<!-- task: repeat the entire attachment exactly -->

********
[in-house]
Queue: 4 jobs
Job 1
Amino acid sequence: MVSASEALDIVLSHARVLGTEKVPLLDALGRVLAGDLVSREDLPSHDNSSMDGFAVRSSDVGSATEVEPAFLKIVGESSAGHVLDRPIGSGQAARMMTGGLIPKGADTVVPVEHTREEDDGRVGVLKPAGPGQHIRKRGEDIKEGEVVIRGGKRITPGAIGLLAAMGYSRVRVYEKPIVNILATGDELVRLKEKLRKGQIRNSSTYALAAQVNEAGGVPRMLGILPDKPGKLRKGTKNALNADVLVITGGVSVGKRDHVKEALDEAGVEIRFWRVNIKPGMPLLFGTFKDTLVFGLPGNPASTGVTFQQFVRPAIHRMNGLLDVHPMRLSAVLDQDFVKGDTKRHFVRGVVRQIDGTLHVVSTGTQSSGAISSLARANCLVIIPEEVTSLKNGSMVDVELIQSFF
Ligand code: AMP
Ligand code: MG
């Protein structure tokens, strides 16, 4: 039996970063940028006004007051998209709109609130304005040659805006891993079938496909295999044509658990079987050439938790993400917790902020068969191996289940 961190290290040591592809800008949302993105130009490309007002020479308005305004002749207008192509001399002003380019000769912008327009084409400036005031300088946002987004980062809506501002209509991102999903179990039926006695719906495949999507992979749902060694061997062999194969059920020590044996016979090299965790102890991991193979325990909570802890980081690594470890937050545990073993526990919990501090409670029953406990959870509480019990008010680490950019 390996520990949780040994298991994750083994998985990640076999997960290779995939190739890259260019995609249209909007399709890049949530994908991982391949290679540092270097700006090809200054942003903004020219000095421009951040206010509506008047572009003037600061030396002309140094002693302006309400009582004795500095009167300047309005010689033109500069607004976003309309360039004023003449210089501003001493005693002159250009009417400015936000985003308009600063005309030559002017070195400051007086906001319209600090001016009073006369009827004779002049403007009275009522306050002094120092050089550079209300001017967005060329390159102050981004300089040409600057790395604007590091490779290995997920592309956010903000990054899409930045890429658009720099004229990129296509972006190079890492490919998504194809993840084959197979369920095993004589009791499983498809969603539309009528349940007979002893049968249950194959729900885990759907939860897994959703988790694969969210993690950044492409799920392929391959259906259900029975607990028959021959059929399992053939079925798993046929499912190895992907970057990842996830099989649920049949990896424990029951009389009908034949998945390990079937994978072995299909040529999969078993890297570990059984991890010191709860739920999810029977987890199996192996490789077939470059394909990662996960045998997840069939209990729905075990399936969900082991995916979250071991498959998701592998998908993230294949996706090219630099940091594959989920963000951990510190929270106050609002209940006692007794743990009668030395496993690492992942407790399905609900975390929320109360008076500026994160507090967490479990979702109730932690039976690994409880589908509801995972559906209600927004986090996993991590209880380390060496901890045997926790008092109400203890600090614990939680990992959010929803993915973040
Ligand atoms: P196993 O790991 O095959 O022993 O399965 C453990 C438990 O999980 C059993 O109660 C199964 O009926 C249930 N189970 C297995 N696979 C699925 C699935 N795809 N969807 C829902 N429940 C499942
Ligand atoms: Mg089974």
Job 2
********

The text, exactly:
[in-house]
Queue: 4 jobs
Job 1
Amino acid sequence: MVSASEALDIVLSHARVLGTEKVPLLDALGRVLAGDLVSREDLPSHDNSSMDGFAVRSSDVGSATEVEPAFLKIVGESSAGHVLDRPIGSGQAARMMTGGLIPKGADTVVPVEHTREEDDGRVGVLKPAGPGQHIRKRGEDIKEGEVVIRGGKRITPGAIGLLAAMGYSRVRVYEKPIVNILATGDELVRLKEKLRKGQIRNSSTYALAAQVNEAGGVPRMLGILPDKPGKLRKGTKNALNADVLVITGGVSVGKRDHVKEALDEAGVEIRFWRVNIKPGMPLLFGTFKDTLVFGLPGNPASTGVTFQQFVRPAIHRMNGLLDVHPMRLSAVLDQDFVKGDTKRHFVRGVVRQIDGTLHVVSTGTQSSGAISSLARANCLVIIPEEVTSLKNGSMVDVELIQSFF
Ligand code: AMP
Ligand code: MG
């Protein structure tokens, strides 16, 4: 039996970063940028006004007051998209709109609130304005040659805006891993079938496909295999044509658990079987050439938790993400917790902020068969191996289940 961190290290040591592809800008949302993105130009490309007002020479308005305004002749207008192509001399002003380019000769912008327009084409400036005031300088946002987004980062809506501002209509991102999903179990039926006695719906495949999507992979749902060694061997062999194969059920020590044996016979090299965790102890991991193979325990909570802890980081690594470890937050545990073993526990919990501090409670029953406990959870509480019990008010680490950019 390996520990949780040994298991994750083994998985990640076999997960290779995939190739890259260019995609249209909007399709890049949530994908991982391949290679540092270097700006090809200054942003903004020219000095421009951040206010509506008047572009003037600061030396002309140094002693302006309400009582004795500095009167300047309005010689033109500069607004976003309309360039004023003449210089501003001493005693002159250009009417400015936000985003308009600063005309030559002017070195400051007086906001319209600090001016009073006369009827004779002049403007009275009522306050002094120092050089550079209300001017967005060329390159102050981004300089040409600057790395604007590091490779290995997920592309956010903000990054899409930045890429658009720099004229990129296509972006190079890492490919998504194809993840084959197979369920095993004589009791499983498809969603539309009528349940007979002893049968249950194959729900885990759907939860897994959703988790694969969210993690950044492409799920392929391959259906259900029975607990028959021959059929399992053939079925798993046929499912190895992907970057990842996830099989649920049949990896424990029951009389009908034949998945390990079937994978072995299909040529999969078993890297570990059984991890010191709860739920999810029977987890199996192996490789077939470059394909990662996960045998997840069939209990729905075990399936969900082991995916979250071991498959998701592998998908993230294949996706090219630099940091594959989920963000951990510190929270106050609002209940006692007794743990009668030395496993690492992942407790399905609900975390929320109360008076500026994160507090967490479990979702109730932690039976690994409880589908509801995972559906209600927004986090996993991590209880380390060496901890045997926790008092109400203890600090614990939680990992959010929803993915973040
Ligand atoms: P196993 O790991 O095959 O022993 O399965 C453990 C438990 O999980 C059993 O109660 C199964 O009926 C249930 N189970 C297995 N696979 C699925 C699935 N795809 N969807 C829902 N429940 C499942
Ligand atoms: Mg089974």
Job 2